According to Sir John, we should also look eastwards and “shift attention more towards our growing relationships in Asia rather than the traditional diaspora in North America,” in particular to China, whose leaders take such a strong interest in Scotland. The close links being formed at senior government level also open doors for others – e.g. agriculture, academia and business. The Scottish Qualifications Authority (SQA) has also formed close links with China, making it more receptive to relationships with Scottish universities.
The Union also benefits from improved perceptions of Scotland, Sir John said. By embedding an official Scottish presence in our embassies in Washington, Beijing and Brussels, we create new opportunities for everyone and demonstrate how we can work with the Uk Government to our mutual advantage.
Finally, Sir John said that in order to “see ourselves as others see us,” we should not underestimate how much our stock has risen round the world, since devolution – and how important it is to seize the opportunities created by this improved perception.
Could Scotland become part of a federal UK in future?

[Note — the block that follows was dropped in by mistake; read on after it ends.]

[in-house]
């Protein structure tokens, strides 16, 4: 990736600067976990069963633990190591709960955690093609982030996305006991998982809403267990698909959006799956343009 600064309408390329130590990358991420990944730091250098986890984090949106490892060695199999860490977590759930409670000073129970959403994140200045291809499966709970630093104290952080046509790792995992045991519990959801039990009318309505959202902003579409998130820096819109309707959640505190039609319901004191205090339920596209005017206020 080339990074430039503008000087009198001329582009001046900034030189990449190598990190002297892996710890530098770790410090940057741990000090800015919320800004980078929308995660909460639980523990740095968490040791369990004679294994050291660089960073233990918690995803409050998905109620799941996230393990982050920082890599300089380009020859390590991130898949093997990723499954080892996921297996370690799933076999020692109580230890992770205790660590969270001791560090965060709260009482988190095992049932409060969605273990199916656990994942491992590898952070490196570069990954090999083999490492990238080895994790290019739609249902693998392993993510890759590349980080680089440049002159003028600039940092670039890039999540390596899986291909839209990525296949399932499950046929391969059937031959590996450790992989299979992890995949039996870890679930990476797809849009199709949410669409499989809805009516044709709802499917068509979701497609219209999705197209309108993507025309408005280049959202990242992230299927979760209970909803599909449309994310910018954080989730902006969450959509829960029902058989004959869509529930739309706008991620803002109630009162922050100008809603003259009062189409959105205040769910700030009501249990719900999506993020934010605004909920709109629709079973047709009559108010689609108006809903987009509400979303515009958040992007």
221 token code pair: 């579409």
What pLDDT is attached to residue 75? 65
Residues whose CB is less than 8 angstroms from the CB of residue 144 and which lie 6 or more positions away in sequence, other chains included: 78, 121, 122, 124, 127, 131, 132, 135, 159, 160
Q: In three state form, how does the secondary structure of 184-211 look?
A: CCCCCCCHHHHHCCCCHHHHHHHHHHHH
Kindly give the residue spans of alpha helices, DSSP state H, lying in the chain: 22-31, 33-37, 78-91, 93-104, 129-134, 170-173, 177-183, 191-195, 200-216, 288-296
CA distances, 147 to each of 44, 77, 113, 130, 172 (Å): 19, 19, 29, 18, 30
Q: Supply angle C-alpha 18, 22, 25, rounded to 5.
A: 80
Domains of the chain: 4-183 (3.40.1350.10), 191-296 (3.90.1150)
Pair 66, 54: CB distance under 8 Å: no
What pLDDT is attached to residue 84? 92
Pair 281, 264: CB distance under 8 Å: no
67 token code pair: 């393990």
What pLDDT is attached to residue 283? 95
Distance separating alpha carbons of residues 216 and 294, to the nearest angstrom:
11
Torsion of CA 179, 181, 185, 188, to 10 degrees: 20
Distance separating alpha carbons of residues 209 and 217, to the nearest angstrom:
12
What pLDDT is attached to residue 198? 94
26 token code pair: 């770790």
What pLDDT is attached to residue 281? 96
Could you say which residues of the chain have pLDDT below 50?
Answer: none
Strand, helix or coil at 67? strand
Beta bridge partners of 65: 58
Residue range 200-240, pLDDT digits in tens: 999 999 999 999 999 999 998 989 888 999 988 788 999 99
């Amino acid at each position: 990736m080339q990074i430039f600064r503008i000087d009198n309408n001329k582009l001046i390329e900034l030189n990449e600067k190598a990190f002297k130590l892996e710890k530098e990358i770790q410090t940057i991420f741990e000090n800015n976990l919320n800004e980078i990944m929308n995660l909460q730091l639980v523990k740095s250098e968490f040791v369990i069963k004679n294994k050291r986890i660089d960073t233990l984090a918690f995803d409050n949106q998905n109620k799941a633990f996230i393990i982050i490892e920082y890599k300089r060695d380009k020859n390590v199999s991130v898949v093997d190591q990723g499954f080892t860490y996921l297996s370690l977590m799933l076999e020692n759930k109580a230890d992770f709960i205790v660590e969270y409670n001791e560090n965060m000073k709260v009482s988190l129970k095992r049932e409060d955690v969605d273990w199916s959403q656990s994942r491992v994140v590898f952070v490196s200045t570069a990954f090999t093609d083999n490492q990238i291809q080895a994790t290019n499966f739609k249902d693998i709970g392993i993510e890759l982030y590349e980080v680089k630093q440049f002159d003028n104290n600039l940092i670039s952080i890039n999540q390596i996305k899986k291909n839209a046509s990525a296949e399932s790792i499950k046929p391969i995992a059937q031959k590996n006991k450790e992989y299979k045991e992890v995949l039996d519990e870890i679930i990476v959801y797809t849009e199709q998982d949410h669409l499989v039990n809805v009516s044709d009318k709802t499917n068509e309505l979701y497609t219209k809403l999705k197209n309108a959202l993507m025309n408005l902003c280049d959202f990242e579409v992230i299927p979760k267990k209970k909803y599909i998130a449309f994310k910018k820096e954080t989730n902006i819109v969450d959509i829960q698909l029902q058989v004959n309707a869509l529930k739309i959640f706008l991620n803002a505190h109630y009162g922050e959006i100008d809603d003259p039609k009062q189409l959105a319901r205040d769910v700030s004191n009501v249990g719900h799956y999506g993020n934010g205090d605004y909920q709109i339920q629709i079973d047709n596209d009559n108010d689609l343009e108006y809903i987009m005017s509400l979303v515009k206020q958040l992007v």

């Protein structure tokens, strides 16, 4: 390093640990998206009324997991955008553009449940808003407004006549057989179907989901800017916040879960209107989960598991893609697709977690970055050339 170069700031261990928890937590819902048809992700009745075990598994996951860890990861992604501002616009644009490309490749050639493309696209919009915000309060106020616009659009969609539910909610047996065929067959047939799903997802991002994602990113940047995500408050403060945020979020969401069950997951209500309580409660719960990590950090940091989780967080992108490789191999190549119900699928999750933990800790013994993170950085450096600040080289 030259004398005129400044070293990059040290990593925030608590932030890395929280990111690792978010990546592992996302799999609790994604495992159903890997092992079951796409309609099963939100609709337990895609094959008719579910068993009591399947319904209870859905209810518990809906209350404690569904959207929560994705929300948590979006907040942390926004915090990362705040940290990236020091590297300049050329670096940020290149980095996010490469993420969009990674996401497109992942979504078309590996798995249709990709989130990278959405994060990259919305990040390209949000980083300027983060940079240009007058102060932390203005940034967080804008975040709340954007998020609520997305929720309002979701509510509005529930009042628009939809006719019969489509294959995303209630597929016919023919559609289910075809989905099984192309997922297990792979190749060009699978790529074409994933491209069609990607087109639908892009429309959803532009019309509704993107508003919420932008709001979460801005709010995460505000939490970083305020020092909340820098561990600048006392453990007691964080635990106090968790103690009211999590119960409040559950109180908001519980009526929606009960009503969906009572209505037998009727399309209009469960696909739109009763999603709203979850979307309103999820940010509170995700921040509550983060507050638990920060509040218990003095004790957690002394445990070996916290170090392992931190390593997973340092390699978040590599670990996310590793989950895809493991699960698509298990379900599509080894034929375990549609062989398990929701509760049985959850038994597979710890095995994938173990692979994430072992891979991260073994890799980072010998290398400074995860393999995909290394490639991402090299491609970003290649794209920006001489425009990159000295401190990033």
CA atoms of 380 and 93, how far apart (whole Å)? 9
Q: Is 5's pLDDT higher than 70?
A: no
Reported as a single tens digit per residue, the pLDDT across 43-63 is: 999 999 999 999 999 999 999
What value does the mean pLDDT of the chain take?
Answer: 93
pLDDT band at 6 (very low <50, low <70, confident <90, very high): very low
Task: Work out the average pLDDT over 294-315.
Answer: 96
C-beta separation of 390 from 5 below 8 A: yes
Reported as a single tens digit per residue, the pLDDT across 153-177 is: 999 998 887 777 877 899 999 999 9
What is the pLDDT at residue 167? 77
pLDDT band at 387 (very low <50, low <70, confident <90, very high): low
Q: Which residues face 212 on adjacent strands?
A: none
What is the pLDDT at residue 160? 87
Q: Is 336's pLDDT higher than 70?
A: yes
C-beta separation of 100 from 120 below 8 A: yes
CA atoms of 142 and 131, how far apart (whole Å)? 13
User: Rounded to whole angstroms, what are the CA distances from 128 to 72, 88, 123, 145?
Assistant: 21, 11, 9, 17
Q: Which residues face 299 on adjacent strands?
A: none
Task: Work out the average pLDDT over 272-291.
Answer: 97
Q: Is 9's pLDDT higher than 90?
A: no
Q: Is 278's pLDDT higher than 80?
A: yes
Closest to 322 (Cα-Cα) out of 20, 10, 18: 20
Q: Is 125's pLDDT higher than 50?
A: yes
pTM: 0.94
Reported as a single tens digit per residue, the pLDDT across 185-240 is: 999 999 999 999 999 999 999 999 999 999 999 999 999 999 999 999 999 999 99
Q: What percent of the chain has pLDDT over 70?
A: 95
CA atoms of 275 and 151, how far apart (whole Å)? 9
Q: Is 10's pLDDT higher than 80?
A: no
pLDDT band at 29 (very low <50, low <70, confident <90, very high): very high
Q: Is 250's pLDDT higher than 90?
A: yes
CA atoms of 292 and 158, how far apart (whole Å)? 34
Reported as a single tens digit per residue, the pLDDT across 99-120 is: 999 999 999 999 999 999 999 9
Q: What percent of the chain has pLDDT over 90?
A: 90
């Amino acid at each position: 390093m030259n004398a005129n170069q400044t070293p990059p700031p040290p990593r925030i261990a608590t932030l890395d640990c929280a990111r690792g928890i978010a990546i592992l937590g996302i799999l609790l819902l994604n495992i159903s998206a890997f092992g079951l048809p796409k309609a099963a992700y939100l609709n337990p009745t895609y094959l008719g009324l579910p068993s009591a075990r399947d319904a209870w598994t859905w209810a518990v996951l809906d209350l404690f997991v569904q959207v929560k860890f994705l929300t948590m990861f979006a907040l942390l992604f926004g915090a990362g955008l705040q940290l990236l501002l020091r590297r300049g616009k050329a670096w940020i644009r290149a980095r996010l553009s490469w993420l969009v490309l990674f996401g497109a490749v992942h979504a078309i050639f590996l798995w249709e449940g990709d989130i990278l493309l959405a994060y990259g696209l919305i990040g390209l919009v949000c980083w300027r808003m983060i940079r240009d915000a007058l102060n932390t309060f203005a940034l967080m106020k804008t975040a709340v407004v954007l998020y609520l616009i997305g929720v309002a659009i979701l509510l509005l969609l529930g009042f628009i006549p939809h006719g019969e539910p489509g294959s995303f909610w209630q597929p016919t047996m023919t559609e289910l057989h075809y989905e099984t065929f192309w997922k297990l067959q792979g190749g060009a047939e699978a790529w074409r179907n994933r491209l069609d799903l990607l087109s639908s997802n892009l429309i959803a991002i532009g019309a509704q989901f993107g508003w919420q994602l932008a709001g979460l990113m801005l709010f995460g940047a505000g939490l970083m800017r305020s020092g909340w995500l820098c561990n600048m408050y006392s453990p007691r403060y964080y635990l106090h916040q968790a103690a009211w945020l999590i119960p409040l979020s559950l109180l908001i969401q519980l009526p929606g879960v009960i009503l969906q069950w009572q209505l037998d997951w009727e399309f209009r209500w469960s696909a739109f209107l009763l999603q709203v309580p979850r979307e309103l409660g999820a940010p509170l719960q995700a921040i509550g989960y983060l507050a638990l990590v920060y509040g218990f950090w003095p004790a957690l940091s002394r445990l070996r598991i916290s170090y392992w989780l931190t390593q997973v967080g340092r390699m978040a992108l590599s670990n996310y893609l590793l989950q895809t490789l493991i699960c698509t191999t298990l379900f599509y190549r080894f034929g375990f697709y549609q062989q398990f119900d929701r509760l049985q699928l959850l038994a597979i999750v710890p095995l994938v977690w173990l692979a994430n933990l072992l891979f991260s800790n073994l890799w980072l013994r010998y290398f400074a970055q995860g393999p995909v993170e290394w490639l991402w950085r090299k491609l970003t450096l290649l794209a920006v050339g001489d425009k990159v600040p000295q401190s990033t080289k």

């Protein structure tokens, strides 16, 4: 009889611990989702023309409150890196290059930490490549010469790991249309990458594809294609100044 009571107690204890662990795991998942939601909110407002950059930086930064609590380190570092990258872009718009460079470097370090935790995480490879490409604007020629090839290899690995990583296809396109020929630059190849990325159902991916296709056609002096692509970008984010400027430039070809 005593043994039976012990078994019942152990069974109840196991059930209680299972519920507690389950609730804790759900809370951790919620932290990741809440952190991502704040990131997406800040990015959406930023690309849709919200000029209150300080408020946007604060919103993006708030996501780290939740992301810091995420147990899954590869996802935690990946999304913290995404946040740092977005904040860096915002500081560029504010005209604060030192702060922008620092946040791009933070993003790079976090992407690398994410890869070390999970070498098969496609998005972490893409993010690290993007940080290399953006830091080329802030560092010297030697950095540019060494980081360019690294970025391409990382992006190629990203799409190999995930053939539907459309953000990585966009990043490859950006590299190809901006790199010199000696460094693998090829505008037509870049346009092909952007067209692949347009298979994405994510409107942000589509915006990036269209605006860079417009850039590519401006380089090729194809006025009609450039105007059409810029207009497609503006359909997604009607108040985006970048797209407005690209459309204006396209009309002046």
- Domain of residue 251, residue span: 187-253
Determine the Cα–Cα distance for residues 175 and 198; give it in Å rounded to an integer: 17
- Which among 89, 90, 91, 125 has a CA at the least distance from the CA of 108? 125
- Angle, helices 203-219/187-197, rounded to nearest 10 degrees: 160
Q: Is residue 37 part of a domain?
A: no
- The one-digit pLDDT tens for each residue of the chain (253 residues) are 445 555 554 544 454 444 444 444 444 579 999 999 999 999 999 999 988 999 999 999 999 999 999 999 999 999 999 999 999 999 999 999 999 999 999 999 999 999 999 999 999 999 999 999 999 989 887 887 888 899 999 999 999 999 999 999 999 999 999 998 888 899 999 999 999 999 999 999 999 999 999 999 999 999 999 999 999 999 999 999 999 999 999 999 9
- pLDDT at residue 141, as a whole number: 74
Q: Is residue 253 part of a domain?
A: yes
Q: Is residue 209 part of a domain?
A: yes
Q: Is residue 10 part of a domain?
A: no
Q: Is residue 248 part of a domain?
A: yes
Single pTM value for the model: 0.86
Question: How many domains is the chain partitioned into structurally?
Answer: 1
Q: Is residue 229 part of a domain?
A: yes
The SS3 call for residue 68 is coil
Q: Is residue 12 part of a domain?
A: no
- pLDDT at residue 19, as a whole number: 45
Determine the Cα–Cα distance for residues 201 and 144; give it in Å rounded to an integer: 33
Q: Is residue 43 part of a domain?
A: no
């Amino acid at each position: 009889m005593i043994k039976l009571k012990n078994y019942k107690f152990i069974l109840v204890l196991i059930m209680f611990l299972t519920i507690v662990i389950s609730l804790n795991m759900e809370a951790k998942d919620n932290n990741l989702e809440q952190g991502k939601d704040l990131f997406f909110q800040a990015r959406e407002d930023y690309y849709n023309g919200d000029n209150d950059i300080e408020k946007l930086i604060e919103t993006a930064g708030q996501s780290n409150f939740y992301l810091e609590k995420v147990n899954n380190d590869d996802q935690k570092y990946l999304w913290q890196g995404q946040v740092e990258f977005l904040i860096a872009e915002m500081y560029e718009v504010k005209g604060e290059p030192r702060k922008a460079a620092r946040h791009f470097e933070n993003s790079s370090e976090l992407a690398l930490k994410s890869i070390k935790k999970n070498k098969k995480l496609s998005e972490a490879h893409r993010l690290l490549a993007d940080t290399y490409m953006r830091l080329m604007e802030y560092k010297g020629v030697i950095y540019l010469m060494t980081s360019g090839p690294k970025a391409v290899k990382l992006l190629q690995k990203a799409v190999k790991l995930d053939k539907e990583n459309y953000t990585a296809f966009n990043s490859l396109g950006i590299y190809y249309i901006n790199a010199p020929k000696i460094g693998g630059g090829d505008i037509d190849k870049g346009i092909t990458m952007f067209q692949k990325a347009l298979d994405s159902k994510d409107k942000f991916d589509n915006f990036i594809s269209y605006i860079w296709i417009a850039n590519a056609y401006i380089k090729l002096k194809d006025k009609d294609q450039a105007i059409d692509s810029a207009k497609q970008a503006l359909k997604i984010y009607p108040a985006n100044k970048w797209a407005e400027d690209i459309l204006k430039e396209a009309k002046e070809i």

“I said I would refrain from constitutional speculation. There is no denying that a federal solution would be a convenient way of dealing with a number of issues (including the so-called ‘English problem’) but it would not be trouble-free and people in countries such as Australia are beginning to question the stability of the settlement embodied in their federal model. On balance, I think a federal solution is unlikely”.
How do countries collaborate and compete with each other at the same time?
Scotland has an export-led economy but we are in an inconvenient geographic location and to boost exports over the long term we need to build trust and affinity with other countries, rather than focus on short-term issues such as competition on financial incentives. “We need to refresh our memories about the need for integrity,” and take advantage of our cultural values – e.g., like the Nordic countries, we regard a handshake as a binding contract.
Which countries scored below and above “59.67” (see above) on the Index?
Our score is much the same as in previous years but we are creeping up the table and ahead of many other much bigger countries. Only the top ten are published . These are: the United States, Germany, France, the UK, Japan, Canada, Italy, Switzerland, Australia and Sweden.
How do the English perceive us – especially in view of different policies on health and social care?
“Stunning good news” – the English like us more than those surveyed in any other country and place us fifth in the world. “Our ability to innovate did not start with devolution.”
Is Scotland outward-looking enough?
Parts of the business community are very outward-looking and our universities are holding their own in the way they explore collaboration with institutions in other countries, but in general Scotland is not outward-looking, and is too preoccupied with the internal debate.